Plaintiff claims that she “had not said a word to anyone, ” and had merely “returned to her mother's bedside.” (Dkt. 108 at 8.) She “professed her innocence but [officer] Wojtowicz refused to believe her, look at the [security footage, ] or investigate, ” and ordered that she “need[ed] to leave.” (Id.) Plaintiff argues this was improper because the hospital “was private property that [officer Wojtowicz] did not own.” (Id. at 8-9.) Plaintiff states in her affidavit that she told officer Wojtowicz, “I don't want to argue with you, then I will leave.” (Id. at 9 (citing Dkt. 110-8; Dkt. 110-10).)

         The officers instructed plaintiff to leave the hospital premises at least three times (which plaintiff seems to agree with (Dkt. 108 at 8)), but, according to the officers, she refused, stating that she knew her rights and would not do so. (Dkt. 87-7 at 4; Dkt. 87-8 at 4; Dkt. 87-9 at 4; Dkt. 87-11 at 3.) Officer Wojtowicz then informed plaintiff she was under arrest for trespassing. (Dkt. 87-7 at 4; Dkt. 87-8 at 4; Dkt. 87-9 at 4; Dkt. 87-11 at 3.)

         According to the City Defendants, instead of cooperating with the officers, plaintiff “yanked her arm back and slid to the floor in order to prevent [herself from] being handcuffed, ” and “began screaming, curled her arms underneath her body, and refused to provide them to the officers.” (Dkt. 87 at 14 (citing Dkt. 87-7, Dkt. 87-8; Dkt. 87-9; Dkt. 87-11).) The officers state in their affidavits that “[n]o strikes or compliance blows were ever delivered to [p]laintiff, ” and due to plaintiff's refusal to stand and walk, the officers had to carry plaintiff through the hospital and eventually wheel her out in a wheelchair. (Id.)

         She “refused” when “instructed to get in the [police] car, ” so she was “placed on her stomach in the backseat.” (Id.) Once plaintiff was turned over for processing at the station, officer Jennifer Zuccaro searched plaintiff. (Id.) The officers testified that plaintiff “did not have any visible injuries and never complained of any injuries” prior to being turned over for booking. (Id. (citing Dkt. 87-7, Dkt. 87-8; Dkt. 87-11).) Plaintiff was issued a misdemeanor citation for trespassing and interference with police authority stemming from her refusal to leave, resisting arrest, and refusal to follow commands. (Id. at 14-15 (citing Dkt. 87-13).)

         Citing her own affidavit, plaintiff declares that officer Wojtowicz “grabbed [her] left arm, stomped on [her] foot[, ] and slammed [her] to the ground, ” and never stated that plaintiff was under arrest. (Dkt. 108 at 9 (citing Dkt. 110-8; Dkt. 110-11).) She “was then punched in the back” and “kicked [] in the hip.” (Id.) She was “slammed into a wheel chair, ” “harshly thrown into” the back of the patrol car, “dragged out of the car by her feet” when they reached the station, and complained that her “back and shoulder w[ere] hurt and she needed medical attention.” (Id.) According to plaintiff, her complaints of pain were met with taunts from officers during booking. (Id. at 10.)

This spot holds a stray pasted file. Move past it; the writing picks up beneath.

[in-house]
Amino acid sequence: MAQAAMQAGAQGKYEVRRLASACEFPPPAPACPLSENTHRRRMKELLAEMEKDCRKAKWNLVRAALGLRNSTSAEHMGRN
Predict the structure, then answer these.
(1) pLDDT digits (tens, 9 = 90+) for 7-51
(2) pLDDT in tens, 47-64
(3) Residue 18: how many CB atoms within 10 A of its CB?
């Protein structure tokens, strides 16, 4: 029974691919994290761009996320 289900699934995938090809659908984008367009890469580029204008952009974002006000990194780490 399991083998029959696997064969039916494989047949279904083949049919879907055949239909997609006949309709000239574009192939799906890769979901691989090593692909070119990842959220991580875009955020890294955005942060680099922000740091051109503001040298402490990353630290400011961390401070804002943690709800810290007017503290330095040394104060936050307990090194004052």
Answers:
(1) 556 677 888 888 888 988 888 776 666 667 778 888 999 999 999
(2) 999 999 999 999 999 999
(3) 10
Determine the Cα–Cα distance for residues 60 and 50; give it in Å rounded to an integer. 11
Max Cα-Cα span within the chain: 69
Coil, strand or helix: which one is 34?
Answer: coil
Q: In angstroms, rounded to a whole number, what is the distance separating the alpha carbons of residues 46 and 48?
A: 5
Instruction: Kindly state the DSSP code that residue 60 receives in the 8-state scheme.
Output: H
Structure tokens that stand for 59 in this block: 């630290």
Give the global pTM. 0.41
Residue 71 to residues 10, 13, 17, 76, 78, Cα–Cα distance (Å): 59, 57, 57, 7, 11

Plaintiff was arraigned on April 8, 2014, the same day she was booked. (Dkt. 87-15 (citing 87-17).) She pled not guilty and was given the opportunity to be represented by a court-appointed attorney. (Id.) The judge set plaintiff's bond at $2500, which was posted by Barbara Fisher. (Id. (citing 87-18.) A settlement conference was held on April 29, 2014, and based on defendant Oakwood's request that the matter be dismissed, the charges were dropped. (Id. at 15-16 (citing 87-20).) The trial court ordered that plaintiff stay out of Oakwood Heritage Hospital except for emergency purposes. (Id.)

         During this time, a social worker representing defendant Oakwood filed a petition in Michigan Probate Court for Appointment of a guardian and initiated a probate proceeding. (Dkt. 87-21.) Griffith's treating physician felt it necessary to remove her from plaintiff's care and to place Griffith in a nursing home for her safety, at least until Adult Protective Services could “substantiate any abuse and/or neglect” caused by plaintiff “at home.” (Dkt. 87-22.) The petition was granted, and the probate court ordered a temporary guardian for Griffith, whose authority remained in effect until her death. (See Dkt. 86 at 17.)

         Plaintiff brought six claims in her original complaint against defendant Oakwood and the City Defendants: Count I § 1983 for violation of her Fourth Amendment rights; Count II false arrest; Count III false imprisonment; Count IV intentional infliction of emotional distress; Count V battery; and Count VI malicious prosecution. (Dkt. 1.)

         Over one year after filing her original complaint, and on the eve of the dispositive motions deadline, plaintiff filed a motion to amend, seeking to add additional claims: Count VII intentional interference with plaintiff's authority as patient advocate-health care power of attorney and Count VIII defamation. (Dkt. 83-1.) She also seeks to add Dr. Wayel Katrib, ...